Kirsti: Over the past 100 years, science and technology have changed our lives almost beyond measure.
In that same time period, tertiary education has become accessible by almost anyone with an internet connection. Courses are offered via a range of universities and other providers, including those with established integrity but also featuring those with little credibility at all. Whatever you choose to call it — whether it be off-campus, external, online or distance education — enrolments are UP and costs are DOWN.
So in an age when the ethical and accurate communication of science is so important, and you can virtually study anything from anywhere, I decided to search Australia. I looked for options in external postgraduate studies in science communication, and for a Masters or graduate Diploma course with flexible options. Why? So I could use my existing work, research and communication activities to learn……well, learn to do it better, learn more stuff, learn new strategies and unearth my ‘known unknowns’.
Is that too much to ask?!
The search was more complicated than I anticipated! Finally, I did manage to establish that you CAN do an external Masters of Science Communication through the Centre for the Public Awareness of Science at ANU. It’s a convoluted path to enrolment, and the webpage doesn’t explicitly state you can do it…..but you can.
Event if I was willing to move, my choices for science communication postgraduate studies would actually still be limited. Although there are Masters of Communication and Masters of Journalism available at universities across the country, many of them include aspects of communication not suited to me at the moment, like advertising and traditional journalism.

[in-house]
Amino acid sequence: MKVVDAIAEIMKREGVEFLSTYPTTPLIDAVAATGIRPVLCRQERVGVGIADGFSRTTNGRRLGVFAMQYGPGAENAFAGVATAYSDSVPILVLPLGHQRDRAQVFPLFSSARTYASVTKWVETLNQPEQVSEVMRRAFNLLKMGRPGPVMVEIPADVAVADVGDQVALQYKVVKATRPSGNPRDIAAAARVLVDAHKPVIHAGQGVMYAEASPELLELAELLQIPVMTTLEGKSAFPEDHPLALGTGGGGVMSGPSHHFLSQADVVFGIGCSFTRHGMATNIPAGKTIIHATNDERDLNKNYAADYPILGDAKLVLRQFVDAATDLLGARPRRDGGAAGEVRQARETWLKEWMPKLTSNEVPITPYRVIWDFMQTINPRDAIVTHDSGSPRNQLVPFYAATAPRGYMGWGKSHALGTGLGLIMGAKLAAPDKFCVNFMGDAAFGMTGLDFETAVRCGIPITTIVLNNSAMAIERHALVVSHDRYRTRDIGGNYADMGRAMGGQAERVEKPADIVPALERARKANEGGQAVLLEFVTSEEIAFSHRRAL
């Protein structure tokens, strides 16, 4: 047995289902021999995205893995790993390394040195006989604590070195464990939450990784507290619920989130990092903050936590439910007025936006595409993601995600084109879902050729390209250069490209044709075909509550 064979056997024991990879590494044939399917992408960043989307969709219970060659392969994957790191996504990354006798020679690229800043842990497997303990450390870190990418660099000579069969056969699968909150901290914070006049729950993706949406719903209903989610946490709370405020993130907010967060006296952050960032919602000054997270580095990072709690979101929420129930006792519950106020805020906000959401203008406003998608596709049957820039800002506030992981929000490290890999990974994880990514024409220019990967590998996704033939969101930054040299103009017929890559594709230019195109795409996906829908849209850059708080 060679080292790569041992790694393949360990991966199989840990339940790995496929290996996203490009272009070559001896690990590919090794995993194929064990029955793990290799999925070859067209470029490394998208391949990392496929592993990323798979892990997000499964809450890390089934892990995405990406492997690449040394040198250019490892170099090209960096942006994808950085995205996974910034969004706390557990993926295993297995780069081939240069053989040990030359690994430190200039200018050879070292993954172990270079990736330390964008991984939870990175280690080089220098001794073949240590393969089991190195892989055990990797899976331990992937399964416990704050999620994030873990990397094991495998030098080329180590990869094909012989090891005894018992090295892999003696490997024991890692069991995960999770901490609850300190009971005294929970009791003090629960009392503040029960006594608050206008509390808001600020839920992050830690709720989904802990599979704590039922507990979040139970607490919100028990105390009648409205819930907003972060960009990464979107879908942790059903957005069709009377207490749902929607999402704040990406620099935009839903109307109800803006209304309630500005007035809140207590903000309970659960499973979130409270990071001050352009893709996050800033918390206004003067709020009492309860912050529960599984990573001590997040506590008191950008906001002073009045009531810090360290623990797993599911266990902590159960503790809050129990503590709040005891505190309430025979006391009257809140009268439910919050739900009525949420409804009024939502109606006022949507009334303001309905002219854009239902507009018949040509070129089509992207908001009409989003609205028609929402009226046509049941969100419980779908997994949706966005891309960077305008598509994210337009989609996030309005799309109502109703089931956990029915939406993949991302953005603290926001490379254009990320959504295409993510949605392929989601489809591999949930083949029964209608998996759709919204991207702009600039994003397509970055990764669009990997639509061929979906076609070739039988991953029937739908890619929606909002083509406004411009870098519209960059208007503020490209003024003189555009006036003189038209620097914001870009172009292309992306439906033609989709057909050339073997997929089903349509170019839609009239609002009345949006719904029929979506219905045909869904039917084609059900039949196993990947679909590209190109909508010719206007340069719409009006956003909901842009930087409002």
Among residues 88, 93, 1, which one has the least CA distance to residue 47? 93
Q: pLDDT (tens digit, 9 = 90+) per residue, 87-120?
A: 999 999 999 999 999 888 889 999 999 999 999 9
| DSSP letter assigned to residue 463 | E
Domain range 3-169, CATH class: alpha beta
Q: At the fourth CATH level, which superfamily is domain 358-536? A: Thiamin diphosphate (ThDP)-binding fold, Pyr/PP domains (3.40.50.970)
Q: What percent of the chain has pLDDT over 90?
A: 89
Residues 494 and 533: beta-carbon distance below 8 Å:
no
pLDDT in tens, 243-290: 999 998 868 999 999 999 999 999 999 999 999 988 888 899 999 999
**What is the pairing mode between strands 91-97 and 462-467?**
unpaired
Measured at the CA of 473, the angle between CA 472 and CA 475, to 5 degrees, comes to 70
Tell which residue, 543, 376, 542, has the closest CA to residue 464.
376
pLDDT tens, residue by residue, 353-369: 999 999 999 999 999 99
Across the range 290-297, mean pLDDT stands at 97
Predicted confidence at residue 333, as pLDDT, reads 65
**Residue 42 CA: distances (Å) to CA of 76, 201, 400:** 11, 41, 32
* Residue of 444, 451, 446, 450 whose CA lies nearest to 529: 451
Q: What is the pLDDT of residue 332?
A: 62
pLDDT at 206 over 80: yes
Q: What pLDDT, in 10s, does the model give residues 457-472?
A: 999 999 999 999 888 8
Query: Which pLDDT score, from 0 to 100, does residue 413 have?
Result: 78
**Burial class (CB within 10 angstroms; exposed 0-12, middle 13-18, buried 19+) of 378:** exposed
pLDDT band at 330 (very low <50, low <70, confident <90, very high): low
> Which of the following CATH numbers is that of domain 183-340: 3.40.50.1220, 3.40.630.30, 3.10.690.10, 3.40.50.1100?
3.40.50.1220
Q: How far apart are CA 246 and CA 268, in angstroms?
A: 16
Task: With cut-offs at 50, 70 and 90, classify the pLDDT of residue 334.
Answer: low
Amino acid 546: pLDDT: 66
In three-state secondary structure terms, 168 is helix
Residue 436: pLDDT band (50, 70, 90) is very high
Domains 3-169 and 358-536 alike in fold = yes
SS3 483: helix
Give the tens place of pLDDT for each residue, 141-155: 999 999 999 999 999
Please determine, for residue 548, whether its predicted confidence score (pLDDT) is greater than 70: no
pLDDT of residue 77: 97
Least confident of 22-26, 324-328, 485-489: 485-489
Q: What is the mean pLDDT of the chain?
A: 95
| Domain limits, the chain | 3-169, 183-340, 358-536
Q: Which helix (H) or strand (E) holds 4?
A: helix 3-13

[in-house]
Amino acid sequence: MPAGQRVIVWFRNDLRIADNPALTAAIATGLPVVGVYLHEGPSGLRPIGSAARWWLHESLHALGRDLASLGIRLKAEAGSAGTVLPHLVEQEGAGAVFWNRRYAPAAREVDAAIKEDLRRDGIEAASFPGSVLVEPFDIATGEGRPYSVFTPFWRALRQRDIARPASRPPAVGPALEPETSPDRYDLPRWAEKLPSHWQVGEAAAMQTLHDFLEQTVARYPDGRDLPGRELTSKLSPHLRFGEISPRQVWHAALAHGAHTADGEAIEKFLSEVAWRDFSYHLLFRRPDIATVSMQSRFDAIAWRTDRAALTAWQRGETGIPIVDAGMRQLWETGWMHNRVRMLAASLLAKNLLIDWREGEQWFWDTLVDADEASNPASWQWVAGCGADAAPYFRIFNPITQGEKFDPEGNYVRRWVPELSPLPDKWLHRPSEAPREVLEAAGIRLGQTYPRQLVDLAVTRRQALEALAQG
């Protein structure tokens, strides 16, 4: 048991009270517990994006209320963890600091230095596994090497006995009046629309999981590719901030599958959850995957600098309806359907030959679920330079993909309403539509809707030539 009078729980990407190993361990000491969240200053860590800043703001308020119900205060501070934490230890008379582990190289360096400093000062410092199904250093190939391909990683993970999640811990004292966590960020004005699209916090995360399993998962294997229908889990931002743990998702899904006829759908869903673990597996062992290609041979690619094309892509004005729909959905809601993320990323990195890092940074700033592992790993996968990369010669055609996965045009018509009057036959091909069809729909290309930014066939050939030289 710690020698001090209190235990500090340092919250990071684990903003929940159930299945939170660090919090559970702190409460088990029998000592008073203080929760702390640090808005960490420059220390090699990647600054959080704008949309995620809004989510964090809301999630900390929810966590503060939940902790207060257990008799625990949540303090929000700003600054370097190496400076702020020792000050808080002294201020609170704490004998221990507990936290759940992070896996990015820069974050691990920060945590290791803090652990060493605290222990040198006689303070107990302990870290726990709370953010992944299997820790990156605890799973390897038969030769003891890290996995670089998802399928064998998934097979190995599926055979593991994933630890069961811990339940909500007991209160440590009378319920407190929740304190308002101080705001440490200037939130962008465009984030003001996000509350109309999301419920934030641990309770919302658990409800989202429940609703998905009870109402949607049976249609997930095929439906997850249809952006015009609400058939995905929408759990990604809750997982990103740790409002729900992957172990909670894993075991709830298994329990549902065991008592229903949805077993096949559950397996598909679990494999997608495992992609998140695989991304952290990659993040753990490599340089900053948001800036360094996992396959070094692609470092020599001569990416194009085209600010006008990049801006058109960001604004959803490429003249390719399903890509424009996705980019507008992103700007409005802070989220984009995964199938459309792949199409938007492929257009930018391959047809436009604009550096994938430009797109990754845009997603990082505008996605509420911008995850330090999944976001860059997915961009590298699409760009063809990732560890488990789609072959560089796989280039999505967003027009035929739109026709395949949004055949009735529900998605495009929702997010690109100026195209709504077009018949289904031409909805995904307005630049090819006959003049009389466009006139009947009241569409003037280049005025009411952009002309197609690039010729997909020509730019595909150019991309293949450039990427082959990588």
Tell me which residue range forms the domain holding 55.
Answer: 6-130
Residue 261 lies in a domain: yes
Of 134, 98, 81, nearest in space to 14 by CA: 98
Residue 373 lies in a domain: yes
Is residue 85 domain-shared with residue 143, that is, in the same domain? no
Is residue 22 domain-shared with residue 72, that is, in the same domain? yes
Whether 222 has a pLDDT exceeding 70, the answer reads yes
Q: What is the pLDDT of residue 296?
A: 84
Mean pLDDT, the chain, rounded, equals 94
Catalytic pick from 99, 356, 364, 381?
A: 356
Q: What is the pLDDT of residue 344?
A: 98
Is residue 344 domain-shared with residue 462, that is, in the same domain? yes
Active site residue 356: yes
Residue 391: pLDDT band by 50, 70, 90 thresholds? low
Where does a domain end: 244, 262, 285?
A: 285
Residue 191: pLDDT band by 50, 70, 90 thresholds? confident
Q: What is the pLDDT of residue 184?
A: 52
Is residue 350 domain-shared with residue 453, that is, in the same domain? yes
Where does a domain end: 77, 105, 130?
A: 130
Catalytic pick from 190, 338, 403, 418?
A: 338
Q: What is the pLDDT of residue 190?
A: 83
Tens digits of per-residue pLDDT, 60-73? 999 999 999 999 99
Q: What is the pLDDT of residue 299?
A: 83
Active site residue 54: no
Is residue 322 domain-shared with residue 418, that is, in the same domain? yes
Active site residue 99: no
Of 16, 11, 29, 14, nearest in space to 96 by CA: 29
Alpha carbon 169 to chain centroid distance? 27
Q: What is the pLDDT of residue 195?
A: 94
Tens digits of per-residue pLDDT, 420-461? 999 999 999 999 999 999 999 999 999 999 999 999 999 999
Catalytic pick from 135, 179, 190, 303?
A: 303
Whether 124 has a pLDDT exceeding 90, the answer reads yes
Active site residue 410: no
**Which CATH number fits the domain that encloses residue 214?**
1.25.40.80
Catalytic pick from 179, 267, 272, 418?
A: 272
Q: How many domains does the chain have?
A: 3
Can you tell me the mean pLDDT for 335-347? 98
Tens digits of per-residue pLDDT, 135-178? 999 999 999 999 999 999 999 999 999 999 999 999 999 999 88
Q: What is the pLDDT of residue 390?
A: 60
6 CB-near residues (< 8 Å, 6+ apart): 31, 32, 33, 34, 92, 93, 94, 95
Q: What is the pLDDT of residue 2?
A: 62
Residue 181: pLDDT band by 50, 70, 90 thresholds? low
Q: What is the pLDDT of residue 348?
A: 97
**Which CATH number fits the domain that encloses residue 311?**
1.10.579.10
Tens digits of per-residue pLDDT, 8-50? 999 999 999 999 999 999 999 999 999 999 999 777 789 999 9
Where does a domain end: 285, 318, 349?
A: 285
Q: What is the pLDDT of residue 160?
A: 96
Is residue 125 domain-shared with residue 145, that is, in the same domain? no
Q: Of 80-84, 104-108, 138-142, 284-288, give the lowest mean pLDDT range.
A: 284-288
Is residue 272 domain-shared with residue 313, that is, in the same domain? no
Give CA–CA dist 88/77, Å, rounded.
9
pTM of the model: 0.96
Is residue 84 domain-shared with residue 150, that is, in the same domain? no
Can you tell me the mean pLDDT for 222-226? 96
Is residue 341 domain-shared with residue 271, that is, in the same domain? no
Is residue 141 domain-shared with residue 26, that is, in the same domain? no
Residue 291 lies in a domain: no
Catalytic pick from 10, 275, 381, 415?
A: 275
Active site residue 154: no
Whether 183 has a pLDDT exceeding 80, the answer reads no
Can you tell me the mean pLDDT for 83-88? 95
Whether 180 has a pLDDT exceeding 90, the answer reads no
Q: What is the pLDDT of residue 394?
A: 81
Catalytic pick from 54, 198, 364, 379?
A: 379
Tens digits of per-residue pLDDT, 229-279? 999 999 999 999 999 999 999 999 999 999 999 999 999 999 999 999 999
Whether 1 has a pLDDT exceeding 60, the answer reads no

Distinct to what I’m looking for, there are numerous fabulous single units available that cover issues in science communication and practice at an undergraduate and postgraduate level. Among many examples, the University of Melbourne offers science communication at both undergraduate and postgraduate levels, and this unit is a diverse exploration of effective engagement strategies in science communication. The University of Newcastle’s 2nd year science communication unit includes a project and portfolio submission, and Monash University students all take the core science unit ‘Scientific Practice & Communication’ as part of any BSc. or BSc. double degree.
And if you’re serious about postgraduate study in science communication, it is dominated by three Australian universities:
- The Australian National University (the Centre for the Public Awareness of Science)
- University of Western Australia
- University of Queensland
My advice? Just call the coordinator or graduate convenor. After a healthy chat, many things are possible.
But have I missed anything? Are there any other or even better options? I’d love to hear about your experience with science communication study at a tertiary level.
[image thanks to Anne Flaherty on Flickr]